The earliest birds may have had wings on both their arms and legs, according to paleontologist Xiaoting Zheng and his team at the Institute of Geology and Paleontology in Shandong, China. In a paper published in the journal Science, the researchers report that 11 fossil specimens of Cretaceous birds show evidence of leg feathers, some of which appear to be flight feathers.

Most modern birds have legs covered in scales. Where leg feathers do exist, for example, in eagles, vultures and some chickens, they are thinner and much less complex than arm feather. Birds cannot use them for flight. Instead, their leg feathers help these birds keep warm.

However, some birdlike dinosaurs, including Microraptor, did have feathered back limbs. In 2003, Chinese researchers discovered Microraptor fossils showing that one species of the tiny dinosaur, now named Microraptor gui, had flight feathers on its legs, arms and tail.

Until now, scientists did not know if leg feathers were lost before the first birds appeared.

Zheng and his colleagues studied 11 basal bird specimens housed at the Shandong Tianyu Museum of Nature (STM). Some of these had large, veined feathers that stood out from their leg bones.

One specimen of the genus Sapeornis had a leg feather more than 50 millimeters long.

The team claims that the feathers’ stiff veins, curved shafts  and positioning almost perpendicular to the leg bone suggests that they had an aerodynamic function. They could have made maneuvering easier, provided lift or created drag.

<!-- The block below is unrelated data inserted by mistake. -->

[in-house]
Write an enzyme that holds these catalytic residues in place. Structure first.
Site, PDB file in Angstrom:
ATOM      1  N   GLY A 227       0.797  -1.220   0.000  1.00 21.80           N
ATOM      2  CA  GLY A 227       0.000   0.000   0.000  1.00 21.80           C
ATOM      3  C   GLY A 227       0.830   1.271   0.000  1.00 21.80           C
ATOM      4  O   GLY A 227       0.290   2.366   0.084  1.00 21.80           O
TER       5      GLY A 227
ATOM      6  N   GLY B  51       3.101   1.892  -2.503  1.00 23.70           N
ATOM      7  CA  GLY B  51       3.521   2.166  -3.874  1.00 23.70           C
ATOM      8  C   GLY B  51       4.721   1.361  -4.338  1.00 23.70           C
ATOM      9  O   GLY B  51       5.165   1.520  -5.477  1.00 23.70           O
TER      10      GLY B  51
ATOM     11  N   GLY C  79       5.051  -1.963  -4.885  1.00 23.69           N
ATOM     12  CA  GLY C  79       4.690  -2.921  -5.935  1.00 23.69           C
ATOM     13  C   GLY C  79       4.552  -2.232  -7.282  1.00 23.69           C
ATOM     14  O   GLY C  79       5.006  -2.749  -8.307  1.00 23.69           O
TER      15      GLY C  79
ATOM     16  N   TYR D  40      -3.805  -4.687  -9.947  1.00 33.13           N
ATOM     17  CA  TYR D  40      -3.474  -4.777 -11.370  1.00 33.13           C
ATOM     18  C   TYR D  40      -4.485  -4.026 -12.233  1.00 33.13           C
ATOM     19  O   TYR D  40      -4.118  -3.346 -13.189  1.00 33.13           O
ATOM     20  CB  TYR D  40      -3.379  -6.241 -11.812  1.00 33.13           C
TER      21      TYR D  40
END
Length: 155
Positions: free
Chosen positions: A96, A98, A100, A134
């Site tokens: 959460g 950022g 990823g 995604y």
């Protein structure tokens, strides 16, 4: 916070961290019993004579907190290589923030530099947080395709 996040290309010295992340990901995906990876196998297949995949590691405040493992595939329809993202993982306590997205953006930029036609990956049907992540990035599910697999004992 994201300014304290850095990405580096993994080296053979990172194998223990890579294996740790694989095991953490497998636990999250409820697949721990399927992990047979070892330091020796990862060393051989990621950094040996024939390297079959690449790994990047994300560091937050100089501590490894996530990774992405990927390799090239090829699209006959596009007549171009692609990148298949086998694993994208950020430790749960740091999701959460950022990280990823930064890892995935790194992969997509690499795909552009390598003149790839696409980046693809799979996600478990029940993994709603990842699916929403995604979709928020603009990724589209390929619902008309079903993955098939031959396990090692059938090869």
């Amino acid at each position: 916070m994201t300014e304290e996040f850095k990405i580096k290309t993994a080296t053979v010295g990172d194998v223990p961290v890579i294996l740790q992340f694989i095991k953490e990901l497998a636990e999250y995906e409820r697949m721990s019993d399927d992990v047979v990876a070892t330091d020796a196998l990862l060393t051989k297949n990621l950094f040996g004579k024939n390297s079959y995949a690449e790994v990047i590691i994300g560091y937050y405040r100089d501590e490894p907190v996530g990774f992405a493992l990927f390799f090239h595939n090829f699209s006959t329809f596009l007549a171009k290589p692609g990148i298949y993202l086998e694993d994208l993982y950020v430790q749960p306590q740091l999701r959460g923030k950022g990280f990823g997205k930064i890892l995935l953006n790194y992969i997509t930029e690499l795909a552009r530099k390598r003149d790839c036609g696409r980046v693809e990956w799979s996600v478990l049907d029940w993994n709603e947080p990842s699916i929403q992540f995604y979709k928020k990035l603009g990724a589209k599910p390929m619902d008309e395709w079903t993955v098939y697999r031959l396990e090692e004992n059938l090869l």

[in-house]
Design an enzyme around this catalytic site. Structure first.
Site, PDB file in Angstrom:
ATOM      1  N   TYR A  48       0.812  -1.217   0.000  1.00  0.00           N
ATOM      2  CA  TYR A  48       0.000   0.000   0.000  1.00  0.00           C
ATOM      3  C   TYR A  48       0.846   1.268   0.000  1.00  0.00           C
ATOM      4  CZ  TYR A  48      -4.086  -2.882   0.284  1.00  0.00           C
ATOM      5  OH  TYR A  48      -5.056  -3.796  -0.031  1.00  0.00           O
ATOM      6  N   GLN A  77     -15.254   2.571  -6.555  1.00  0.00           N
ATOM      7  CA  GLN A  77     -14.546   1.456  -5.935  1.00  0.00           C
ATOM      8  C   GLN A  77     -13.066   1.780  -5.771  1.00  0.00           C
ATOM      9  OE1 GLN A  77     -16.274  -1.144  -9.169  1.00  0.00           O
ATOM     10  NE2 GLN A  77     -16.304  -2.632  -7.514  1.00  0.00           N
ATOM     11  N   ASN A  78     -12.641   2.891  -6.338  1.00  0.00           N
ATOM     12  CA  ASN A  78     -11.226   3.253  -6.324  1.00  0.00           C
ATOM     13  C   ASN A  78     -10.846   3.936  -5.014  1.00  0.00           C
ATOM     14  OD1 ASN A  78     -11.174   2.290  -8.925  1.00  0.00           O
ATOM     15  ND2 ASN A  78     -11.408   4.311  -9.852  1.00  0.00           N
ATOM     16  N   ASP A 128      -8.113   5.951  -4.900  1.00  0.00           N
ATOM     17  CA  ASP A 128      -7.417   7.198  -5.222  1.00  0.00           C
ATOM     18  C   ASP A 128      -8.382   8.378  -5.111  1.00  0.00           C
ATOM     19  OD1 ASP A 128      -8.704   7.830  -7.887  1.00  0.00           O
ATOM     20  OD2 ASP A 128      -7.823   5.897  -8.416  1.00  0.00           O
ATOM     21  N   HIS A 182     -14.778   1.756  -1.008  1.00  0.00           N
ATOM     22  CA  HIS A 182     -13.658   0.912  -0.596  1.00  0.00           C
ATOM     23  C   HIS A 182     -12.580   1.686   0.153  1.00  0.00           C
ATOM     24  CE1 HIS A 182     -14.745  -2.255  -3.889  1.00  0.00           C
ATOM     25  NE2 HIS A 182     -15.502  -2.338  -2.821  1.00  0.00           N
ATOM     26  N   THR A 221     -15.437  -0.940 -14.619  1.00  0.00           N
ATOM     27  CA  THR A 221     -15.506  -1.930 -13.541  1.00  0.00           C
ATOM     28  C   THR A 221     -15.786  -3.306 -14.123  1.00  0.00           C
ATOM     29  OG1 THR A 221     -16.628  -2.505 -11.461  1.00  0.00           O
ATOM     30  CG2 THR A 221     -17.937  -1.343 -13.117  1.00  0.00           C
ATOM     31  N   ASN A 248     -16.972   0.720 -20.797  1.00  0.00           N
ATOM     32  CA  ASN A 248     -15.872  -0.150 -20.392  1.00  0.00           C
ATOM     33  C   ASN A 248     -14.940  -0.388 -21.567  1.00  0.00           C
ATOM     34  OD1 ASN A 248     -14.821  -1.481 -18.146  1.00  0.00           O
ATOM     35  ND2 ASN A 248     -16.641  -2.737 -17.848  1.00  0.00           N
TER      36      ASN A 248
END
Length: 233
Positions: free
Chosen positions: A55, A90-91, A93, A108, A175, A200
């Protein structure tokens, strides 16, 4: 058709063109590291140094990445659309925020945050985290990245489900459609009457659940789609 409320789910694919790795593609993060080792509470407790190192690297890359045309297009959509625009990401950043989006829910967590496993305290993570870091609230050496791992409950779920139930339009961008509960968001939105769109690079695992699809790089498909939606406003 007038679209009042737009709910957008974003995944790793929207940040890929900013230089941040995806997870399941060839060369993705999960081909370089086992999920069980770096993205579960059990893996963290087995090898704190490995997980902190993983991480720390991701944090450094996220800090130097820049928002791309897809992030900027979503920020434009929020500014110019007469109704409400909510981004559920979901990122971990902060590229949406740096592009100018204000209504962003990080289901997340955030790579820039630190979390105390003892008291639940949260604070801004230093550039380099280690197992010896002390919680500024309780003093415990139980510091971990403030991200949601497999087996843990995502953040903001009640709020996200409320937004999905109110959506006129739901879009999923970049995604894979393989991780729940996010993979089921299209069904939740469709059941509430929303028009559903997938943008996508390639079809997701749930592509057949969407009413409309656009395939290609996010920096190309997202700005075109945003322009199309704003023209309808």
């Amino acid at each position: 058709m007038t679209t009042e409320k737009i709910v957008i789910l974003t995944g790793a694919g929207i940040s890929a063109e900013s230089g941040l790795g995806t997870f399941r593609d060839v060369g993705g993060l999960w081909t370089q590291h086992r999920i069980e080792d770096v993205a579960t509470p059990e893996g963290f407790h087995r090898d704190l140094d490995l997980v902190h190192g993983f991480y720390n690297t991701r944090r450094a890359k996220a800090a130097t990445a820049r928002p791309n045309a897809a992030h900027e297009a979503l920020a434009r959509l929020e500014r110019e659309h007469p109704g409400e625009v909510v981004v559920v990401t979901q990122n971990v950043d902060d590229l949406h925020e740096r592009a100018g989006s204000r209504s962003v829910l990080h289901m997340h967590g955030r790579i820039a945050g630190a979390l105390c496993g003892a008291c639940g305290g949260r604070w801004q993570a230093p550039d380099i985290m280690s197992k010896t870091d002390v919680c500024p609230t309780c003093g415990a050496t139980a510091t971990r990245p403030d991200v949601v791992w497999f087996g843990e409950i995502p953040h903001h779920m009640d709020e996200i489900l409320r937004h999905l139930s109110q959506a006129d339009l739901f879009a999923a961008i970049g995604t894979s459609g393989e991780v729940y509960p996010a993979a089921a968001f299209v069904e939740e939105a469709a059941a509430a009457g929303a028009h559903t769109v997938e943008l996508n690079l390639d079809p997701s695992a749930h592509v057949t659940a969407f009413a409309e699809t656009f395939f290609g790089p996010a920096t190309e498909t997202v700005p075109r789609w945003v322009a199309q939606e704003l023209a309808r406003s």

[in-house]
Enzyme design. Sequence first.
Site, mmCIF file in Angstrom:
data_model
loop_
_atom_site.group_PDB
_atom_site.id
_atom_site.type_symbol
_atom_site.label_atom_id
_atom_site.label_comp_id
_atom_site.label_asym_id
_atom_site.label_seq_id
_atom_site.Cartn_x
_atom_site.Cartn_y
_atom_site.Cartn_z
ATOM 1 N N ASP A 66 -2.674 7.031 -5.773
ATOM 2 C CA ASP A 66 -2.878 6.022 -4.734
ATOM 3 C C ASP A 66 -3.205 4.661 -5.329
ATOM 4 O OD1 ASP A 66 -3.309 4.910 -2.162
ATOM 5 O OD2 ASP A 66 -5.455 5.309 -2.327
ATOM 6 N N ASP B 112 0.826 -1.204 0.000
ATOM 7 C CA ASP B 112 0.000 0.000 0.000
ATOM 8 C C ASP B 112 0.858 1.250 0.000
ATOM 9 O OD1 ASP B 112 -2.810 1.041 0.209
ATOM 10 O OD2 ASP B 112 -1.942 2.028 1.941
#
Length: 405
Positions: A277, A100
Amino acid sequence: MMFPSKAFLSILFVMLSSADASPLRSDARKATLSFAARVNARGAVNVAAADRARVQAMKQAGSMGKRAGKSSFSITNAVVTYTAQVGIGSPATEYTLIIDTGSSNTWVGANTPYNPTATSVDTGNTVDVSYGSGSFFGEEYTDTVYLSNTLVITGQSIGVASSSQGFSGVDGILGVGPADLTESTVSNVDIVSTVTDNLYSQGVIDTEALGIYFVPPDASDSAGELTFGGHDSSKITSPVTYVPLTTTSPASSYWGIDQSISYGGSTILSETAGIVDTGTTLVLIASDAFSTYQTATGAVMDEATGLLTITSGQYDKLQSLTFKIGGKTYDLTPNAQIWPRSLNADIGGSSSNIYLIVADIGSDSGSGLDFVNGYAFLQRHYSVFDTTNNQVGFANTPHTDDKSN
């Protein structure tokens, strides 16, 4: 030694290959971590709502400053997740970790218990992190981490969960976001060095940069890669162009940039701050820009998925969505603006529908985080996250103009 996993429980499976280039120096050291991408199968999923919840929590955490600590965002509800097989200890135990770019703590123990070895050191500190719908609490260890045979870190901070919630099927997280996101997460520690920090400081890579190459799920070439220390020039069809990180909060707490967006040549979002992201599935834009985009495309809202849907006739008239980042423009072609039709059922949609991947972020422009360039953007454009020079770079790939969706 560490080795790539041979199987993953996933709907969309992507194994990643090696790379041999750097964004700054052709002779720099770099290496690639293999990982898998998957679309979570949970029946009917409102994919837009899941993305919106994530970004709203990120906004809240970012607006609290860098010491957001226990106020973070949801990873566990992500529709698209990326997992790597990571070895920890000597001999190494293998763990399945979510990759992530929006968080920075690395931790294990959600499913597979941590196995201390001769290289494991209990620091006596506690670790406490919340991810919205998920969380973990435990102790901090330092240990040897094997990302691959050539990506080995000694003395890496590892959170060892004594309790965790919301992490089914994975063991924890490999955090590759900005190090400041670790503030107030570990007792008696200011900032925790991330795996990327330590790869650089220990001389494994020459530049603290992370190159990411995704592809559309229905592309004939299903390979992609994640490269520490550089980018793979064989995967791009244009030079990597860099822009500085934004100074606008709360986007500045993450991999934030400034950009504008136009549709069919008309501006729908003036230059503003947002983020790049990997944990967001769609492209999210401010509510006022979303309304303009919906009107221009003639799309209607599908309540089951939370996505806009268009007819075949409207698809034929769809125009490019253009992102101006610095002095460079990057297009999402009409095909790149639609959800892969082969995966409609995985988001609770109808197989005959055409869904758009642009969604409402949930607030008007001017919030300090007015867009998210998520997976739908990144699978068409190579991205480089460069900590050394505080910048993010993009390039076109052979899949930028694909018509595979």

However, other scientists argue that there is no evidence that these Cretaceous birds used their large leg feathers for flight.  The birds could have used them for insulation or for display.

To determine the validity of their hypothesis, Zheng’s team plans to study more specimens and use models to test how well the wings could have served as flight aids.

The researchers think that modern birds lost their back feathers in order to make it easier for them to move about on the ground. They then developed two specialized locomotion systems – one for flying and one for walking or running.

Some ground-dwelling dinosaurs had signs of rudimentary flight feathers.  However, scientists think that dinosaurs such as Microraptor, which had better developed flight systems, probably lived in trees.  If birds developed scaled feet in order to facilitate ground locomotion, this would indicate a movement from life on the ground to life in trees and then back to the ground again.